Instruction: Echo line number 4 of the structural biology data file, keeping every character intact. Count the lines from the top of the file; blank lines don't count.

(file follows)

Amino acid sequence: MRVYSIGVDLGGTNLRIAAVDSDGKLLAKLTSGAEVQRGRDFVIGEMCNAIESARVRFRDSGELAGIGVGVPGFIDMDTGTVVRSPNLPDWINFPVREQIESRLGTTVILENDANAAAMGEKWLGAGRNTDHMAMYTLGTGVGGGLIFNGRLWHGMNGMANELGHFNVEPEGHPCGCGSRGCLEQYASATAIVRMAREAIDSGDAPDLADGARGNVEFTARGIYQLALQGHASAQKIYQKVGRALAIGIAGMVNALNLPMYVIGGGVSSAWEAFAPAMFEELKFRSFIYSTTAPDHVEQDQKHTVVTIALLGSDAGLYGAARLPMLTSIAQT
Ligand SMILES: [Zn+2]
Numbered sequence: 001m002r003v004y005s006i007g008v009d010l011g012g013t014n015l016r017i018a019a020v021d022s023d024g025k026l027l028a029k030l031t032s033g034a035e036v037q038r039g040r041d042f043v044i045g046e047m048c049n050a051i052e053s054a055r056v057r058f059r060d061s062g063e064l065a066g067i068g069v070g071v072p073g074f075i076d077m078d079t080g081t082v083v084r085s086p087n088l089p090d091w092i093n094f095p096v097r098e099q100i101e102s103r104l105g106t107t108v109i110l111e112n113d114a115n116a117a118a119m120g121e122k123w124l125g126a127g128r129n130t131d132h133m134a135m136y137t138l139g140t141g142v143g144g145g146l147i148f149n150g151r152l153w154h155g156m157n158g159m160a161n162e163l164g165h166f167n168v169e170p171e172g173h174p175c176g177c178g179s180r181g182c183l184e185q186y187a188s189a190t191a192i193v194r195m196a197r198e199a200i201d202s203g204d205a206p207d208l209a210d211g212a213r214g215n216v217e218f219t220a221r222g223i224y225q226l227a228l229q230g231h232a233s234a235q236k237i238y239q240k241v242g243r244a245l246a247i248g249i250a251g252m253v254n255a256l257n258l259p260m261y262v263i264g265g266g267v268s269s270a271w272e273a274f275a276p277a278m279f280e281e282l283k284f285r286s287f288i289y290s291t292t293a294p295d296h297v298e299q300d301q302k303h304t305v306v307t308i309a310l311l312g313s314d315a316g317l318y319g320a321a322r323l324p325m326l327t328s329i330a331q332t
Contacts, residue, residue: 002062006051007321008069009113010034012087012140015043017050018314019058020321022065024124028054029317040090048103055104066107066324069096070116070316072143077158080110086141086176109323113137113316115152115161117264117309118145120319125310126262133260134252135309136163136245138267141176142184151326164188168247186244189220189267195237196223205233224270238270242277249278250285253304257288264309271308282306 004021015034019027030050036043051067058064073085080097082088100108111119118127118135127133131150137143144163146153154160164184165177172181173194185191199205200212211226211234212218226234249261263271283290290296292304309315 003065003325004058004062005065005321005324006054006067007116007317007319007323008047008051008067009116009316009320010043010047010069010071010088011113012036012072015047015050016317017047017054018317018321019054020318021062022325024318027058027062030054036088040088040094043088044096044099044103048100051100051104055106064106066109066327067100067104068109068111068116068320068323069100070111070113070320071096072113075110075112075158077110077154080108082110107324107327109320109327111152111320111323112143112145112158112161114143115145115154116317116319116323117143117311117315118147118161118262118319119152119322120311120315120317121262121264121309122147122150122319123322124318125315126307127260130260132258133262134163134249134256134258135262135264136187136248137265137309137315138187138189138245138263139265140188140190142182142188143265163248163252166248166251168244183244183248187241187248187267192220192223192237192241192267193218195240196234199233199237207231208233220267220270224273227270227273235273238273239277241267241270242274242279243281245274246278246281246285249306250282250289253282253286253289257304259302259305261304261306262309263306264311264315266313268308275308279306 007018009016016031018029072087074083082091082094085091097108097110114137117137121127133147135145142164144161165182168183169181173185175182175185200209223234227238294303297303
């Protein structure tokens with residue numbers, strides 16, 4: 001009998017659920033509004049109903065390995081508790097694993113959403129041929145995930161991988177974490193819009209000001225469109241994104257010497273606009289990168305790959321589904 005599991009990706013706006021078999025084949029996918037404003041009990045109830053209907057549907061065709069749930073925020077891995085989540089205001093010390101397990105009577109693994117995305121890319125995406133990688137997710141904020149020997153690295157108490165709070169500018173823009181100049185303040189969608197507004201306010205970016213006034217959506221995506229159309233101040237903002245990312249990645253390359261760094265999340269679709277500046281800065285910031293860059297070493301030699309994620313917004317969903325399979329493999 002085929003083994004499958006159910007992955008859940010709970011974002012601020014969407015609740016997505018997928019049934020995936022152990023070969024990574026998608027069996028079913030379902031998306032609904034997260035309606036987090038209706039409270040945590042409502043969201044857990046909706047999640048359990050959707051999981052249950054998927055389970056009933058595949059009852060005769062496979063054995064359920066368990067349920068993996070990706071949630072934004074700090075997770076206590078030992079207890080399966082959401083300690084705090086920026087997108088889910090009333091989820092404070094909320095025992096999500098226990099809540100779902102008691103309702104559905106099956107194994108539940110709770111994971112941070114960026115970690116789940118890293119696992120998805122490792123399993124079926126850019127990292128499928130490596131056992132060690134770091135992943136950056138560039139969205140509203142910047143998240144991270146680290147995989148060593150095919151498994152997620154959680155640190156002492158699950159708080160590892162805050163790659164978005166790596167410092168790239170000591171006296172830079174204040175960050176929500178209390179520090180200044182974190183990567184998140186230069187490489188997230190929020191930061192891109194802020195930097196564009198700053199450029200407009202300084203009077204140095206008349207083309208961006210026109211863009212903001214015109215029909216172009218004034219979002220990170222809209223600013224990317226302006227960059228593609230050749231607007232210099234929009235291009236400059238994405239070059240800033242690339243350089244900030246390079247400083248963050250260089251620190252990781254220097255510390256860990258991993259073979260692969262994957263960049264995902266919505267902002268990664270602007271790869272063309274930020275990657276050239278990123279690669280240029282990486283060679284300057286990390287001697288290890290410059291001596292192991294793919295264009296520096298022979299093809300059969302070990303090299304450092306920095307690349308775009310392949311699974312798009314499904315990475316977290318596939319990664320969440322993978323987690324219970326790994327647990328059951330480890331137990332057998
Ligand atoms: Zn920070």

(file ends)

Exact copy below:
Contacts, residue, residue: 002062006051007321008069009113010034012087012140015043017050018314019058020321022065024124028054029317040090048103055104066107066324069096070116070316072143077158080110086141086176109323113137113316115152115161117264117309118145120319125310126262133260134252135309136163136245138267141176142184151326164188168247186244189220189267195237196223205233224270238270242277249278250285253304257288264309271308282306 004021015034019027030050036043051067058064073085080097082088100108111119118127118135127133131150137143144163146153154160164184165177172181173194185191199205200212211226211234212218226234249261263271283290290296292304309315 003065003325004058004062005065005321005324006054006067007116007317007319007323008047008051008067009116009316009320010043010047010069010071010088011113012036012072015047015050016317017047017054018317018321019054020318021062022325024318027058027062030054036088040088040094043088044096044099044103048100051100051104055106064106066109066327067100067104068109068111068116068320068323069100070111070113070320071096072113075110075112075158077110077154080108082110107324107327109320109327111152111320111323112143112145112158112161114143115145115154116317116319116323117143117311117315118147118161118262118319119152119322120311120315120317121262121264121309122147122150122319123322124318125315126307127260130260132258133262134163134249134256134258135262135264136187136248137265137309137315138187138189138245138263139265140188140190142182142188143265163248163252166248166251168244183244183248187241187248187267192220192223192237192241192267193218195240196234199233199237207231208233220267220270224273227270227273235273238273239277241267241270242274242279243281245274246278246281246285249306250282250289253282253286253289257304259302259305261304261306262309263306264311264315266313268308275308279306 007018009016016031018029072087074083082091082094085091097108097110114137117137121127133147135145142164144161165182168183169181173185175182175185200209223234227238294303297303